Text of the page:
Coinciding with May’s observances of Jewish American Heritage Month and Yom Ha’atzmaut (Israeli Independence Day), the Ruderman Family Foundation will make available to the public never-before-seen archival footage that shares the stories of the American Jews who helped established and strengthen the nascent State of Israel.
“Eyewitness 1948: The American Contribution” — a film series produced in partnership with Toldot Yisrael — focuses on the efforts of Americans in the period leading up to the modern State of Israel’s establishment. The films tell the stories of World War II veterans who fought in Israel’s 1948-49 War of Independence; volunteers who smuggled weapons, machine parts, and uniforms overseas; businessmen who raised funds to help bring Holocaust refugees to British Palestine; and doctors, nurses, journalists, students, and others who were eyewitnesses to Israel’s founding.
The Ruderman Family Foundation — which works to educate Israelis about the American Jewish community and its relationship with Israel — is releasing these films during the annual Jewish American Heritage Month in order to showcase a unique and little-known aspect of 20th century Jewish history that underscores the Jewish community’s role as an indispensable bridge between the U.S. and is greatest ally, Israel.
“The individual stories of these American Jews combine to make an unparalleled collective impact,” said Jay Ruderman, President of the Ruderman Family Foundation. “The Eyewitness 1948 films bring to life inspirational stories of solidarity, peoplehood, and shared destiny that deserve a broad audience in the American Jewish, Israeli, and other communities.”
“We want to convey the message that the State of Israel is a collective enterprise of Jews around the world,” said Eric Halivni, Director of Toldot Yisrael. “These short films will help educate Israelis about the unique contribution that American Jews made to Israel's founding and give American Jews a sense of pride that this is their story, too.”
The Ruderman Family Foundation partnered with Toldot Yisrael to make these impressive and enlightening archival materials publicly accessible and user-friendly for the first time.
The films tell, among others, the stories of:
- · Julius Stulman, owner of the Lumber Exchange Terminal along New York City’s East River, who helped ship arms to Israel for the War of Independence.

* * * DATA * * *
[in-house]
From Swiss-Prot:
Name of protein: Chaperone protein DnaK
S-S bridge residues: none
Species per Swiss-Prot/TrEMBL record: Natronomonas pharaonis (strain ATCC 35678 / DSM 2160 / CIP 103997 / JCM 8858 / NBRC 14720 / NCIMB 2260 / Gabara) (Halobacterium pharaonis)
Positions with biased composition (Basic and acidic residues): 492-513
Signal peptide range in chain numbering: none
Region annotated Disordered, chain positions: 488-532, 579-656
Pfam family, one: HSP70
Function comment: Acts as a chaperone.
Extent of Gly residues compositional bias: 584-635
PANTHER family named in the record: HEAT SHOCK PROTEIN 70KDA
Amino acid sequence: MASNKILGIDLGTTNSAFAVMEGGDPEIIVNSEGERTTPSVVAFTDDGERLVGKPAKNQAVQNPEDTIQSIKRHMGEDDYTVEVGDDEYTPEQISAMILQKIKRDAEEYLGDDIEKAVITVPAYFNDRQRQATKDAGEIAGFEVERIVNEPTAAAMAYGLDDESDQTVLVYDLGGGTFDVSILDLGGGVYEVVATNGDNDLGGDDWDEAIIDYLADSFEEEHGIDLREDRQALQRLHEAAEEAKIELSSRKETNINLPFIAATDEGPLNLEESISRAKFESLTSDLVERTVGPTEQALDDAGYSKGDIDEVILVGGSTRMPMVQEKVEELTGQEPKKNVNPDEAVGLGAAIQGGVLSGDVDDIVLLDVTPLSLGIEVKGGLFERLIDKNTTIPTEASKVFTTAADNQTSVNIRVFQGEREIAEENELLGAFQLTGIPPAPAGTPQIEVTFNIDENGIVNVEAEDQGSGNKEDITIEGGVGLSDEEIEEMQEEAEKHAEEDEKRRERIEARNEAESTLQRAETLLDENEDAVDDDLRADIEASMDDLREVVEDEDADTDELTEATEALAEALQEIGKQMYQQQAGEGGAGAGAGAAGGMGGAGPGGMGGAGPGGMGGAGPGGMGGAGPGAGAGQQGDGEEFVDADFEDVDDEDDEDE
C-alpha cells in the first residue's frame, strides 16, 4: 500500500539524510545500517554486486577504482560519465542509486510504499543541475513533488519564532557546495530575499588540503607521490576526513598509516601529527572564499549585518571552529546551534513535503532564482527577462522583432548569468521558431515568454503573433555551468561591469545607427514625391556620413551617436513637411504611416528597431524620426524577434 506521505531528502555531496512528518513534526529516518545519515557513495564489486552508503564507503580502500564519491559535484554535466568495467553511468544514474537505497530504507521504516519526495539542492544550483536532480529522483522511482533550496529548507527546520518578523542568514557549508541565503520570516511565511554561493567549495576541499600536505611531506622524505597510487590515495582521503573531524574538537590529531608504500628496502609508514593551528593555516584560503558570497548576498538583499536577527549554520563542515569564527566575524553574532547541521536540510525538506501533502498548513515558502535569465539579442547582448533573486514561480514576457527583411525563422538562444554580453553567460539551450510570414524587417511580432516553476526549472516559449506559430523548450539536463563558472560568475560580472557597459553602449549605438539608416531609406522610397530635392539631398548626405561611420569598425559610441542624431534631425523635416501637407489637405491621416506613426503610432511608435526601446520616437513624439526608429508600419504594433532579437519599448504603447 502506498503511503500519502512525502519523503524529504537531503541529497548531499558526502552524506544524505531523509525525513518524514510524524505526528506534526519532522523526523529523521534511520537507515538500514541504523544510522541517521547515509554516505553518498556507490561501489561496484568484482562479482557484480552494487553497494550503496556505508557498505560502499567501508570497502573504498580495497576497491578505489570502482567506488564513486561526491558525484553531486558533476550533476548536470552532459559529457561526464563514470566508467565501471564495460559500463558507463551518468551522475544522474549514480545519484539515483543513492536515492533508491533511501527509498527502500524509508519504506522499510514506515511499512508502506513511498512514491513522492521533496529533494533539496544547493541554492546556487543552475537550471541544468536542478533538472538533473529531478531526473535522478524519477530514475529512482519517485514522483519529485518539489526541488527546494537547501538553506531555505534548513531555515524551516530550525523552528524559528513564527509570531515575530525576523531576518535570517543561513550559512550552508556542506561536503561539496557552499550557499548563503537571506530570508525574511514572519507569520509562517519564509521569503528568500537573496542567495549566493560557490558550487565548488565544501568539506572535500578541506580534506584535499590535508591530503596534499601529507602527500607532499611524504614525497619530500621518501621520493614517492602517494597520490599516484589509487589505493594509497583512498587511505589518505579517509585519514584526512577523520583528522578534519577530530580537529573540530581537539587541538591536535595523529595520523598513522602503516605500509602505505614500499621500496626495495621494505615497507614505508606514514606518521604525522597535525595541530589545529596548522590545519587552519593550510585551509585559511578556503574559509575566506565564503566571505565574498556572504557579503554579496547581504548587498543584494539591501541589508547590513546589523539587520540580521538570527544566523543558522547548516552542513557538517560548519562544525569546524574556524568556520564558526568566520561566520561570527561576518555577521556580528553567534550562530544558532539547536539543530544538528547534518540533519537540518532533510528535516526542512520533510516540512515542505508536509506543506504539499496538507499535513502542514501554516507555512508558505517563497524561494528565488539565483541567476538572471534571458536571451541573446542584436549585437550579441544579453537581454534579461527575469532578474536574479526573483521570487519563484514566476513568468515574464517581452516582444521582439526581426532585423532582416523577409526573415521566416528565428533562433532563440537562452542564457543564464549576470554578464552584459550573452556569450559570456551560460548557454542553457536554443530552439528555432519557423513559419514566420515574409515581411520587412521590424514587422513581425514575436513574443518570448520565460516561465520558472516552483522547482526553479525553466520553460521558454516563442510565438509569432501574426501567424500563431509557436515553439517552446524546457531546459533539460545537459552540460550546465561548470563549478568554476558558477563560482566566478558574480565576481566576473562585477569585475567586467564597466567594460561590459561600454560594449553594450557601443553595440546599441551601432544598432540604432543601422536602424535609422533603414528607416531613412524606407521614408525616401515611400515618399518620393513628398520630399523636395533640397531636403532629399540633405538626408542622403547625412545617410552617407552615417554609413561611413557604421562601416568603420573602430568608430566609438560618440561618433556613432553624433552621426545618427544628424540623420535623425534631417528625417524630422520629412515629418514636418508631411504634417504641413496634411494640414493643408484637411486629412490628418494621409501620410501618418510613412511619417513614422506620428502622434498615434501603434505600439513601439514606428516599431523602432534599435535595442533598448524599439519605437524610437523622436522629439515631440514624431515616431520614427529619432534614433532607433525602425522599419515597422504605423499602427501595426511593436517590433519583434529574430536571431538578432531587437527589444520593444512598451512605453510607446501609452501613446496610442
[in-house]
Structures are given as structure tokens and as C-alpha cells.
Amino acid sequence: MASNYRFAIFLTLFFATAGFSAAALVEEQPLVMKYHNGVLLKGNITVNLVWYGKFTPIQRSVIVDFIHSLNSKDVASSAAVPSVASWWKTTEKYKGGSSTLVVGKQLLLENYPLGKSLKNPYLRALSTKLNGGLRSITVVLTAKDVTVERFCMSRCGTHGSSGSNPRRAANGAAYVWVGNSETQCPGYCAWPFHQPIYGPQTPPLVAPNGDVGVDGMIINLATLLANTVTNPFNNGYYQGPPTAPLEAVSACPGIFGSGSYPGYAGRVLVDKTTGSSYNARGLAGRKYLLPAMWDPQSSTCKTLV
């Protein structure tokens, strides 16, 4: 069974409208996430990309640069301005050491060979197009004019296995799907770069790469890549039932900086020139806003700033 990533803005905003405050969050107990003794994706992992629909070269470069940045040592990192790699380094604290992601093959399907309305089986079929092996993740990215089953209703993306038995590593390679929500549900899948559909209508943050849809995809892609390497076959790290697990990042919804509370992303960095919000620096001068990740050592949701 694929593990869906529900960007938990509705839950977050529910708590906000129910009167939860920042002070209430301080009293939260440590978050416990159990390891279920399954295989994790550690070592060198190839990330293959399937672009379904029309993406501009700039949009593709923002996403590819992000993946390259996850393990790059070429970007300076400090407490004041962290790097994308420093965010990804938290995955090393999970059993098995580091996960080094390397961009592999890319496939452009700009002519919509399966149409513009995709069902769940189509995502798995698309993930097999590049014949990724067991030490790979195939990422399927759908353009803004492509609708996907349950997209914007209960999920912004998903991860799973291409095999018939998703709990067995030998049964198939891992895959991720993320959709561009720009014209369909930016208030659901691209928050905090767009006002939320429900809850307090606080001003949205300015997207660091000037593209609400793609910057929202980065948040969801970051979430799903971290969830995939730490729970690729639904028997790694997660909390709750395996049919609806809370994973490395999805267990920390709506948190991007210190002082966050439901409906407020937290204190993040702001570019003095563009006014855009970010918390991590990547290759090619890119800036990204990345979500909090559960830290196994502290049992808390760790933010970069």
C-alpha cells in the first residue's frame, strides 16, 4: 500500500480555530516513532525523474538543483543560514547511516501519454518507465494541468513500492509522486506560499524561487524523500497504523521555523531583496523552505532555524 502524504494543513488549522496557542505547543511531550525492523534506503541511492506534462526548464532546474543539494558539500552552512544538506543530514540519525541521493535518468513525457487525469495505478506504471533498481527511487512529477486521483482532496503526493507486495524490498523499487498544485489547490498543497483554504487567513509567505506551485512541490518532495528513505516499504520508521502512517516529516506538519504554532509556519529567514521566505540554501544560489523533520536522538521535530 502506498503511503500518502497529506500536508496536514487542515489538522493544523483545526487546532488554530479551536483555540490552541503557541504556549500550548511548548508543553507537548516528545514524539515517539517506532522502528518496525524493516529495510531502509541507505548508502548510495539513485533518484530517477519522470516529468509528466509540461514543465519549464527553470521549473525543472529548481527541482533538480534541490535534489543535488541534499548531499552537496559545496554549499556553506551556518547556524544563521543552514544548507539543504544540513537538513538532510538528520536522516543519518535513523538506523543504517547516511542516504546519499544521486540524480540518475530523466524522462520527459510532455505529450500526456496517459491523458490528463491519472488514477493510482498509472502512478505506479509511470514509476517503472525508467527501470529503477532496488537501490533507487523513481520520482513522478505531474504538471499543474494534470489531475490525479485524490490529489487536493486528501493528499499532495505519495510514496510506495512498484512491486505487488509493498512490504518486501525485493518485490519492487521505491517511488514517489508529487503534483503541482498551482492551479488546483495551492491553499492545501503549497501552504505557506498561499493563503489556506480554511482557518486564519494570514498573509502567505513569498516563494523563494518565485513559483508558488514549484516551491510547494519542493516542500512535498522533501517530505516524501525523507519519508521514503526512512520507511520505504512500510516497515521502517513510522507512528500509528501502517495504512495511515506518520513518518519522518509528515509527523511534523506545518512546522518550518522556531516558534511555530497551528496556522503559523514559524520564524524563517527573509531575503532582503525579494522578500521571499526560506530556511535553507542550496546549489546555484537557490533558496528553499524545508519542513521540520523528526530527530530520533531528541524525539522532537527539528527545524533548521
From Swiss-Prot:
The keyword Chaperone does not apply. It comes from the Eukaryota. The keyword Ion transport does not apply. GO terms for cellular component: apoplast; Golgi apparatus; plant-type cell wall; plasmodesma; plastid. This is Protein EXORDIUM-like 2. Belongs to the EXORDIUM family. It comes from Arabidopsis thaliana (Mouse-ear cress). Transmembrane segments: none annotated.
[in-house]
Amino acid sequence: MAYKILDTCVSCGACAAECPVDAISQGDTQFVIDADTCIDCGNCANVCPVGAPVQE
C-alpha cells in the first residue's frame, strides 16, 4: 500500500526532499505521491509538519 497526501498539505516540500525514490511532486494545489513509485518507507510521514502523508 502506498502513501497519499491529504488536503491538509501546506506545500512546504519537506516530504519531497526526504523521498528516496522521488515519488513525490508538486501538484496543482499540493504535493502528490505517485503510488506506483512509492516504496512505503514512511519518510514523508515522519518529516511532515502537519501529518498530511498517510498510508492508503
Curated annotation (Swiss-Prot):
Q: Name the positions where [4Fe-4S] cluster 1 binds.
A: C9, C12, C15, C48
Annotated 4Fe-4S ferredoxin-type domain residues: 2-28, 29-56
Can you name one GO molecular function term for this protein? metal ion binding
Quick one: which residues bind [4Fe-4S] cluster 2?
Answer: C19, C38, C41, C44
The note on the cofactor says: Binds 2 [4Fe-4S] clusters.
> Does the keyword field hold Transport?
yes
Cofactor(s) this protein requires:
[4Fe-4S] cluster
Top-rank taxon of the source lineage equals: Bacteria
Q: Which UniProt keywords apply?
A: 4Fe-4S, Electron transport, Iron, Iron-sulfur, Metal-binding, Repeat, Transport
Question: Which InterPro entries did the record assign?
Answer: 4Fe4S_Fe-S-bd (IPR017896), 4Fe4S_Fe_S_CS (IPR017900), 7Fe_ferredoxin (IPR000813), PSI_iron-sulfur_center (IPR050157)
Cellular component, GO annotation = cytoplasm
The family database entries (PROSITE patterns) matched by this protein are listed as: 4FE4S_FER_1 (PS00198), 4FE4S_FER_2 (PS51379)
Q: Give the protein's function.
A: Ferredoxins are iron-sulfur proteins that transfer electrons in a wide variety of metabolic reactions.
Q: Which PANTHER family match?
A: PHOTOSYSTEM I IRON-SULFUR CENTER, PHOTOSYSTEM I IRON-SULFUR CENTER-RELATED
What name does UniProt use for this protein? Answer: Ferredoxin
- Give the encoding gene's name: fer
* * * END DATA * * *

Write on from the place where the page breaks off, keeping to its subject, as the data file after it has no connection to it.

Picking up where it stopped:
- · Zipporah Porath, who enlisted in the Haganah and served as a medic in the siege of Jerusalem, helping set up infirmary services for the fledgling Israeli Air Force.
- · Herb Stern, who used his access as a World War II veteran to buy up surplus army ammunition, repackage it, and get it ready for shipment to Israel in 1948.
- · Rabbi Joshua Stampfer, who grew up in the U.S. and was studying at Hebrew University of Jerusalem when he was recruited to the Haganah.
- · Ralph Goldman, longtime Executive Vice President of the American Jewish Joint Distribution Committee (JDC), who discusses how everyday American Jews fundraised for pre-state Aliyah (immigration to Israel) efforts and then for the War of Independence.
- · Shoshana Levy, who while working for the Library of Congress helped copy Pentagon maps for the Haganah paramilitary group as a way to aid preparations for the U.N. Partition Plan vote.
- · Rabbi Dr. Norman Lamm, former President of Yeshiva University, who as a chemistry student in 1948 worked to design bullets for Israel in a clandestine laboratory in upstate New York.
- · Sol (Shalom) Baskin, a decorated World War II veteran who served as a company commander during the War of Independence’s battle in Kes Fallujah, and later designed a steel monument in memory of the 89 soldiers his company lost in that battle.
- · Harold Katz, who dropped out of Harvard Law School to volunteer on an illegal immigration ship and describes the dramatic choices he made in the course of that experience.